Boren Scholarships, a prestigious initiative of the National Security Education Program, provide unique funding opportunities for U.S. undergraduate students to study less commonly taught languages in world regions critical to U.S. interests, and underrepresented in study abroad, including Africa, Asia, Central and Eastern Europe, Eurasia, Latin America, and the Middle East. In exchange for funding, Boren Scholars commit to working in the federal government for at least one year after graduation. High school graduates, GED recipients and matriculated undergraduate students may apply for the scholarship.
- Funding for Language Studies: Boren Scholarships provide financial support for undergraduate students pursuing language-intensive studies in strategically important global regions.
- Regional Focus: The program prioritizes underrepresented regions in study abroad, aligning with U.S. interests in various parts of the world.
- Applicant Profile: High school graduates, GED recipients, and matriculated undergraduate students are eligible to apply for Boren Scholarships.
- Commitment to Government Service: Recipients of Boren Scholarships commit to serving the federal government for a minimum of one year after completing their studies.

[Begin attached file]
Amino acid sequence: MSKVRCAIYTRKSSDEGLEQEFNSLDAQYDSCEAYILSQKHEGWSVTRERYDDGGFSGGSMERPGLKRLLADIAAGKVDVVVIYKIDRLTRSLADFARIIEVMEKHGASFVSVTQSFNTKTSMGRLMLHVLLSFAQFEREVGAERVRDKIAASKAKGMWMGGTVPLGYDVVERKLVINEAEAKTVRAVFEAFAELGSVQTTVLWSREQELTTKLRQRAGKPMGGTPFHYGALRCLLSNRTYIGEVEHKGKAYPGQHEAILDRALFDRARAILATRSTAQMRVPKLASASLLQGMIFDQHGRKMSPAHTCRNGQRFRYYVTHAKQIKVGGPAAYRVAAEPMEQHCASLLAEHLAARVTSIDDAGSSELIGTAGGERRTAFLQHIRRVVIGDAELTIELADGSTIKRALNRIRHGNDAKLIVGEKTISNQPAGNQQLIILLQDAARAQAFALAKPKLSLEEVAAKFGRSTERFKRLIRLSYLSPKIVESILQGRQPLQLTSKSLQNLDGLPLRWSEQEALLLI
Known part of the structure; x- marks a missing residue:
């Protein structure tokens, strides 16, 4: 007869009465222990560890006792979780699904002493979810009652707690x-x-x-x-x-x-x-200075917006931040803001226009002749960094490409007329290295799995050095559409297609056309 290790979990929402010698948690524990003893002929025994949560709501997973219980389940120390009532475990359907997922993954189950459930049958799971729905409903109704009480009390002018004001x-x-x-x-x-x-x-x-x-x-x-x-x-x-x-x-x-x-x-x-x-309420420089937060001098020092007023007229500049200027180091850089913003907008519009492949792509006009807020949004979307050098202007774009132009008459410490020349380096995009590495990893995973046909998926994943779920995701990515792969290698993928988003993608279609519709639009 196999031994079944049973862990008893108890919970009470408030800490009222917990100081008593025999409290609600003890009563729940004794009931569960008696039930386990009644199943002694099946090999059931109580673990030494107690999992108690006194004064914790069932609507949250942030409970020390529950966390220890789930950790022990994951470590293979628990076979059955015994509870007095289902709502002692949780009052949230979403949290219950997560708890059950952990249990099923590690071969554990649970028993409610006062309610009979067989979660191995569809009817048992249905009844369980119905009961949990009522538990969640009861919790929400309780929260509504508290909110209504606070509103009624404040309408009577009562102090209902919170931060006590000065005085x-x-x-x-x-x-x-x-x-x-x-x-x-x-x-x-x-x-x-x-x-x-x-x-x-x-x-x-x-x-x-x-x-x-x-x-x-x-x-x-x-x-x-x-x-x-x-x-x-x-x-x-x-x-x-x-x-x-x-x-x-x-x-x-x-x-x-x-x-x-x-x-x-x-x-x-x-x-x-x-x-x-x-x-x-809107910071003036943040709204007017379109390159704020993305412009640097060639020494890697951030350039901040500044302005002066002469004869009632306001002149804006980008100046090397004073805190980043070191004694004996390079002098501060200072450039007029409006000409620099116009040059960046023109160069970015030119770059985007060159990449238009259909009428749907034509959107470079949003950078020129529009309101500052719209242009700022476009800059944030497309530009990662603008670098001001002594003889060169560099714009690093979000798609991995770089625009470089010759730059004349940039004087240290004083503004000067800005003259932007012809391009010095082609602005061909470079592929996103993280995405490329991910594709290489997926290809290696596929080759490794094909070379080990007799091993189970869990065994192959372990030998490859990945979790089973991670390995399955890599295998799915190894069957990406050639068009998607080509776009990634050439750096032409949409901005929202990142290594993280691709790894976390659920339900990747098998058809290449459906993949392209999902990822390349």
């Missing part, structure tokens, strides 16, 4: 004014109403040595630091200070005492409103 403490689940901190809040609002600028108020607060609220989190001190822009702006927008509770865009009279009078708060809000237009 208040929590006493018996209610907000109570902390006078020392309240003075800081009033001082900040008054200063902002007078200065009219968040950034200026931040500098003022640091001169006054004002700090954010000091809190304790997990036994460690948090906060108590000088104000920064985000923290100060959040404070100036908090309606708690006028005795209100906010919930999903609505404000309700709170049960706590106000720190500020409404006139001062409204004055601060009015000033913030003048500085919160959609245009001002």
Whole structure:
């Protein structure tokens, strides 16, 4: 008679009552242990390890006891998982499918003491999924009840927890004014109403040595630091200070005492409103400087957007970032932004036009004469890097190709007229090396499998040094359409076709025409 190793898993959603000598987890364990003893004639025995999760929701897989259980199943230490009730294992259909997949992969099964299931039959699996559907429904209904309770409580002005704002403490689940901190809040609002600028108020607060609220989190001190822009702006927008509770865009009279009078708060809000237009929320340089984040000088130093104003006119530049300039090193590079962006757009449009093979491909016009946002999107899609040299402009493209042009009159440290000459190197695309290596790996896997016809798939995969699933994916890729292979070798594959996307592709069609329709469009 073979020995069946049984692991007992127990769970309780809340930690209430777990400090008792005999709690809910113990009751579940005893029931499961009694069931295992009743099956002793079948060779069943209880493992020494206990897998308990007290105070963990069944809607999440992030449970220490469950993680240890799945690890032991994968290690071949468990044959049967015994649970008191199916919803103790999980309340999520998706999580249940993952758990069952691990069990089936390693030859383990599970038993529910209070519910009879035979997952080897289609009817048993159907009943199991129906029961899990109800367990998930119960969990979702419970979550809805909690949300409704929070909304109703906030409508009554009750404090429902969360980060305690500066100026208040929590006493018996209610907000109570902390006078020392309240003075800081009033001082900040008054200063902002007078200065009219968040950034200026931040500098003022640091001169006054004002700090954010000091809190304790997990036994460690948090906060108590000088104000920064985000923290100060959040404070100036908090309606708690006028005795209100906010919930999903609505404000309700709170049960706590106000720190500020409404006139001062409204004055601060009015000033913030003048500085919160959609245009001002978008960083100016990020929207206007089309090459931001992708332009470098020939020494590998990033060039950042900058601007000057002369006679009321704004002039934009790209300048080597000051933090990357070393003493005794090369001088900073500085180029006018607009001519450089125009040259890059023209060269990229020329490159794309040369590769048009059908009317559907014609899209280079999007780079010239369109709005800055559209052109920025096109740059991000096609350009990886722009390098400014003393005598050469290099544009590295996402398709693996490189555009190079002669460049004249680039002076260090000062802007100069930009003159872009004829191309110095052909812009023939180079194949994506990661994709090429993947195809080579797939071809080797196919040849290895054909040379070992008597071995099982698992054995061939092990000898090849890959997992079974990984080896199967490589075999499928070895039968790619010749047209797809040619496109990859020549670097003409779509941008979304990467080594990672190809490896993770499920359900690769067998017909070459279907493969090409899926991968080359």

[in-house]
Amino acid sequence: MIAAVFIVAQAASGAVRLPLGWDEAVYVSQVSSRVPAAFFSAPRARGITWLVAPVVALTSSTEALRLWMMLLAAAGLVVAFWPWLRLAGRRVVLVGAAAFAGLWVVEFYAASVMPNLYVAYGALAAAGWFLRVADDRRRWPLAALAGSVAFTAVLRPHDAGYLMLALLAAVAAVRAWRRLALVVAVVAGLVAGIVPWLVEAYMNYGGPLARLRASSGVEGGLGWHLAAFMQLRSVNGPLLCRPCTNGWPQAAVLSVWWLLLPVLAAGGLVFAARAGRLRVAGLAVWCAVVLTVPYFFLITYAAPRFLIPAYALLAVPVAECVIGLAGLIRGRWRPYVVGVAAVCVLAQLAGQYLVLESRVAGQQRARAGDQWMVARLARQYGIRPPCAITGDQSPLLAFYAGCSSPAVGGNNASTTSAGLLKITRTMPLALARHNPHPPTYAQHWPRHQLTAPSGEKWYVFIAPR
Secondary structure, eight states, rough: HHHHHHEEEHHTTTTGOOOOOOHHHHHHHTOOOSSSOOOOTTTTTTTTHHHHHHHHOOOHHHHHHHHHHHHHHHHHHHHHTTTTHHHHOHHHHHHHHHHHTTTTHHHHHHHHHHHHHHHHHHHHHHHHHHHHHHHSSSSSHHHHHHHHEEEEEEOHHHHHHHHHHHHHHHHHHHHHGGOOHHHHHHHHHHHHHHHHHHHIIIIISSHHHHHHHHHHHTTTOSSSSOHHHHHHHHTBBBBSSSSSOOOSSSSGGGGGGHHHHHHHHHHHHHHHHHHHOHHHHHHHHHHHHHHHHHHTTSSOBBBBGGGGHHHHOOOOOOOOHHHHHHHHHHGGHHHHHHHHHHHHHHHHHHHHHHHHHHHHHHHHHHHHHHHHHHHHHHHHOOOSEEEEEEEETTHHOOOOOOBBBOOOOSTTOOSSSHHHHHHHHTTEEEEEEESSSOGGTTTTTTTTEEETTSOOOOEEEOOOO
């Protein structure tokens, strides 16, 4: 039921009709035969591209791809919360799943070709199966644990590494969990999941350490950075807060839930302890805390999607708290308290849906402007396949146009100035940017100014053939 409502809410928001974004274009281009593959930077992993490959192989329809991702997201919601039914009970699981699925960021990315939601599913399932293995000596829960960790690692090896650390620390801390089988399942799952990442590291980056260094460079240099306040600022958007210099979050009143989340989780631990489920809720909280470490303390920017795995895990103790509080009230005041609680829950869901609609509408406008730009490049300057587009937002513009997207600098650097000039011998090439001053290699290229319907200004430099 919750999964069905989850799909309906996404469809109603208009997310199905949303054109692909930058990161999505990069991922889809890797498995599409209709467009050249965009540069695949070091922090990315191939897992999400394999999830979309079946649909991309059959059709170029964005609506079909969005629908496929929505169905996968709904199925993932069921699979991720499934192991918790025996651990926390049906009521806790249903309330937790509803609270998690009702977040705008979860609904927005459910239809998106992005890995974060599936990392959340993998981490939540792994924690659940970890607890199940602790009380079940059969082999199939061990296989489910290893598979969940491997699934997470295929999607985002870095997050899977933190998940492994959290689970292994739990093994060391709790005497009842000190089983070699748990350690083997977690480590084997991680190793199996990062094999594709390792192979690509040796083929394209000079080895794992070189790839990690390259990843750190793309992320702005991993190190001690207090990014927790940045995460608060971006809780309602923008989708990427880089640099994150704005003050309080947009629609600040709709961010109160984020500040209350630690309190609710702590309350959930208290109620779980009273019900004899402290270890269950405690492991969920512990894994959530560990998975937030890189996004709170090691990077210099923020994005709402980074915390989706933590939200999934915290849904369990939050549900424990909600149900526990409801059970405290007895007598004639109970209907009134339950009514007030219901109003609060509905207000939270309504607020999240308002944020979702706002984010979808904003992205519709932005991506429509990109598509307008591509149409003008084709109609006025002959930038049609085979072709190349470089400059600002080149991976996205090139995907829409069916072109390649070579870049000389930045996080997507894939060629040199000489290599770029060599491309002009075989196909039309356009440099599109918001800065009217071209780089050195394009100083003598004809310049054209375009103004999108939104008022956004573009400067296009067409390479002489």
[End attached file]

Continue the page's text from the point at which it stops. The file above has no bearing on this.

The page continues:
- Explore Opportunities: Research the Boren Scholarships program to discover the exciting language and cultural study options it offers.
- Prepare Your Application: As an eligible candidate, gather the necessary documentation and materials to complete your application.
- Commit to Service: Understand and embrace the commitment to serve the federal government for a year after graduation, a requirement of the scholarship.
David L. Boren is the principal author of the legislation that created the National Security Education Program and the Boren Awards, the scholarships and fellowships that bear his name. In arguing in the U.S. Senate for passage of NSEP, Boren expressed his view that the U.S. needed a large increase in experts in the languages and cultures of nations which were underrepresented in the number of U.S. students studying there. With changes in the world, Boren felt that the U.S. would work more and more through partnerships with other countries whose needs and perspectives needed to be more fully understood.